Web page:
What is the Chilcot inquiry for? In the first four days none of its witnesses has said anything that was not already in the public domain. Not that you would have guessed from the high pitch and volume of media coverage. You probably have to be either a pro-Blair or an anti-war obsessive to recognise each piece of recycled information. But Sir Christopher Meyer, a former ambassador to Washington, happily if privately admitted after his session that he had said nothing that was not in his entertaining memoir, DC Confidential.
It seems surprising that Sir John and his colleagues had not identified the gaps in public knowledge, and called witnesses – or simply asked for papers – that they thought might be able to fill them. Perhaps they are coming to that bit. Perhaps this was just a bit of throat-clearing, a sort of "Previously, on Iraq War Conspiracy Theories...".
Where, then, are there gaps in our knowledge? Certainly not in the intelligence on Saddam Hussein's weapons of mass destruction. All four previous Iraq inquiries have focused on this subject. What the Chilcot inquiry ought to be about, instead, is the weakness of planning for, and the poor handling of, the post-invasion phase. Those of us that supported the invasion are unlikely to be persuaded that we are mistaken because of the flaws in the intelligence. What ought to disturb us is the terrible bloodshed that followed the invasion.
I still think the invasion was justified. But I can't pretend the post-war phase has been a success, even though it is finally getting better now. It is hard to say, as most Iraqis do, so far as can be judged, that it was "worth" the hardship to get rid of Saddam. No one can say that the deaths of perhaps 150,000 Iraqis were "worth it".
The question that is often asked is, "Would you have supported the invasion if you knew then what you know now?" In the case of the intelligence, it is meaningless, because, if we knew that Saddam had complied with UN disarmament resolutions, then there would have been no legal basis on which British forces could have taken part. But in relation to what happened next, it might be that, if the Americans knew then what they know now, Colin Powell's dictum, "You break it, you own it", might have prevailed over the hit-and-run mentality of the Pentagon.
That, then, would be a useful line of inquiry for Sir John and his colleagues. The problem is that post-war planning was overwhelmingly an American question, as it was overwhelmingly an American responsibility. It was Paul Wolfowitz, Deputy Secretary of Defense, who said 21 days before the invasion: "The notion that it will take several hundred thousand US troops to provide stability in post-Saddam Iraq [is] wildly off the mark." He said: "It's hard to conceive that it would take more forces to provide stability in post-Saddam Iraq than it would take to conduct a war itself."
That ought to be more of a reproach to Tony Blair than any flaws in the intelligence on Saddam's illegal weapons. Blair knew that the US plan for after the invasion consisted of little more than the momentum of victory. Yet his blithe optimism reinforced the arrogance of the Pentagon rather than balancing it.
Of course, even if Blair had feared the Americans had no plan and not enough troops, he would have thought it right to be part of the invasion, so that British forces, with their greater experience of nation-building, could influence post-war Iraq constructively. Blair shared the national belief that "we" were good at handling communal violence, while the Americans were only good for the shooting part. That turned out to be a hollow boast.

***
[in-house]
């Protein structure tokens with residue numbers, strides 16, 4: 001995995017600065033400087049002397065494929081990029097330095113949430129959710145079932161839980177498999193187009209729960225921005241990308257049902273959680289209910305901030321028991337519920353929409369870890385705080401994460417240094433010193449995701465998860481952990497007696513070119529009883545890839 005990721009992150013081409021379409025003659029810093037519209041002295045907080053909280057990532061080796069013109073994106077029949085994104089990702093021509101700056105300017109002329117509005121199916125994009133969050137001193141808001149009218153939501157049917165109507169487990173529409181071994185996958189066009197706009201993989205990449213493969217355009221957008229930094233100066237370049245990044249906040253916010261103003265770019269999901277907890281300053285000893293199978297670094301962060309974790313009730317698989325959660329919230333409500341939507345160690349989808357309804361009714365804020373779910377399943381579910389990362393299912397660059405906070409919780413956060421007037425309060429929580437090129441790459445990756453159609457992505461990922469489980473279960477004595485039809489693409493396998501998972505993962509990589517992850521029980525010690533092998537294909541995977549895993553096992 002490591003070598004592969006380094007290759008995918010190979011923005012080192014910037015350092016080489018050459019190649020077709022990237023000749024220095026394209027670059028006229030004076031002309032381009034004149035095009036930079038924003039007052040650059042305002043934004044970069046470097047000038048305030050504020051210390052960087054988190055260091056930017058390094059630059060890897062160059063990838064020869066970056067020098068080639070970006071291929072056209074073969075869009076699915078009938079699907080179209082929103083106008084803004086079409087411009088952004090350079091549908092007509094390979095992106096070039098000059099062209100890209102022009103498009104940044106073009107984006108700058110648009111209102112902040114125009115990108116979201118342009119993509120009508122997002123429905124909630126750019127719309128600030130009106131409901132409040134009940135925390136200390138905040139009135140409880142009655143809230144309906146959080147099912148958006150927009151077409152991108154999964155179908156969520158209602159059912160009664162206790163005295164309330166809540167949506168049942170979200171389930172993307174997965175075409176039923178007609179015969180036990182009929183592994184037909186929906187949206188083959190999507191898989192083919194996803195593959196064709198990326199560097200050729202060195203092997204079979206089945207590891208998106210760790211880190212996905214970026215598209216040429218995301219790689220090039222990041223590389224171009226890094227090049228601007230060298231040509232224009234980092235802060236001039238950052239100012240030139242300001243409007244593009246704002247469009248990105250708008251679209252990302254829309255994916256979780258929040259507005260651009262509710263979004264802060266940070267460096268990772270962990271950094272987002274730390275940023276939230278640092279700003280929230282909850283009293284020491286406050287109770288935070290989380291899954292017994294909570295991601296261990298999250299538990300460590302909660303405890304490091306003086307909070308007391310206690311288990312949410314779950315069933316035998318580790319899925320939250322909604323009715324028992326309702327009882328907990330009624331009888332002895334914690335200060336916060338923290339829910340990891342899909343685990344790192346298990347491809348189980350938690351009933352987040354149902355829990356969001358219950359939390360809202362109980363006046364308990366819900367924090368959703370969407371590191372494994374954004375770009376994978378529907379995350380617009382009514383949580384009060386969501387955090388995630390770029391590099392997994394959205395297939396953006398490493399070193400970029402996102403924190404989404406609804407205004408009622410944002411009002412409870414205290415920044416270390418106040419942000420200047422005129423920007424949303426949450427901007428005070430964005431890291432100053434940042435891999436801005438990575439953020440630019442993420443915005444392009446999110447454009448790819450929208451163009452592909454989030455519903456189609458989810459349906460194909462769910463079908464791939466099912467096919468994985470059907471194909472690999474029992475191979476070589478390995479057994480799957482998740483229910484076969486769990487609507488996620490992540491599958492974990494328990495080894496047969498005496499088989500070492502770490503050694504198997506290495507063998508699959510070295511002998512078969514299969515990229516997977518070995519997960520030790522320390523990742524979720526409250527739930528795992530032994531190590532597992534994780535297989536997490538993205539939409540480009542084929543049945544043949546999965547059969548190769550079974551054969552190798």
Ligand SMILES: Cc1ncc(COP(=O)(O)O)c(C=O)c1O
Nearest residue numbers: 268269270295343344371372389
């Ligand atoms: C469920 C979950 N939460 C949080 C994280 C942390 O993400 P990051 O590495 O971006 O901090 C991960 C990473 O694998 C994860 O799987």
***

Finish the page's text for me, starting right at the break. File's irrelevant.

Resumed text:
This is where Sir John and his colleagues could add to the sum of public knowledge. If the Americans failed to get a grip until the surge of early 2007, at least they did then; the British record turned out to be not so good. The Chilcot inquiry will in due course turn to the British rule of Basra and, in particular, the apparently shameful episode of the deal done by the British in late 2007 to hand over control to the local militia.
Sir John's work has been sketched out for him by my colleague, James Hanning, who in this newspaper last year quoted a senior British officer involved: "We have made some terrible mistakes in Iraq and it is only by talking about them that we will learn from them. Last autumn we made a mistake which was understandable but not excusable. A Shia prisoner, Ahmed al-Fartusi, said he could put a stop to the killings. We released 120 of their prisoners and withdrew out of town, but when we moved out, lawlessness took over. As 90 per cent of the attacks were against us, we thought if we moved out we would remove the source of the problem. But, actually, the Jaish al-Mahdi [the Mahdi army, known to British troops as the Jam] had been fighting us because we were the only obstacle to their total control." That was the thinking behind the remark, a year before, of General Sir Richard Dannatt, the head of the Army, that "our presence exacerbates the security problems".
With any luck, we will get to those questions in due course, although the quantity of material suggests that Sir John could take two years to complete his report rather than one. In the meantime, reporting of the inquiry will subside, with the occasional old fact reported as new if it can be stripped of caveats and sexed up to serve the anti-war story. Early next year, there will be a full-dress satellite-truck circus when Blair himself gives evidence – in which he will say nothing that he has not said many times before; he will say it well but he will be flayed alive by the press.
And the only lesson likely to be learned is one that we hardly need an inquiry to teach us: we will not be attempting anything like Iraq again for a long time.
John Rentoul blogs at www.independent.co.uk/eagleeyeReuse content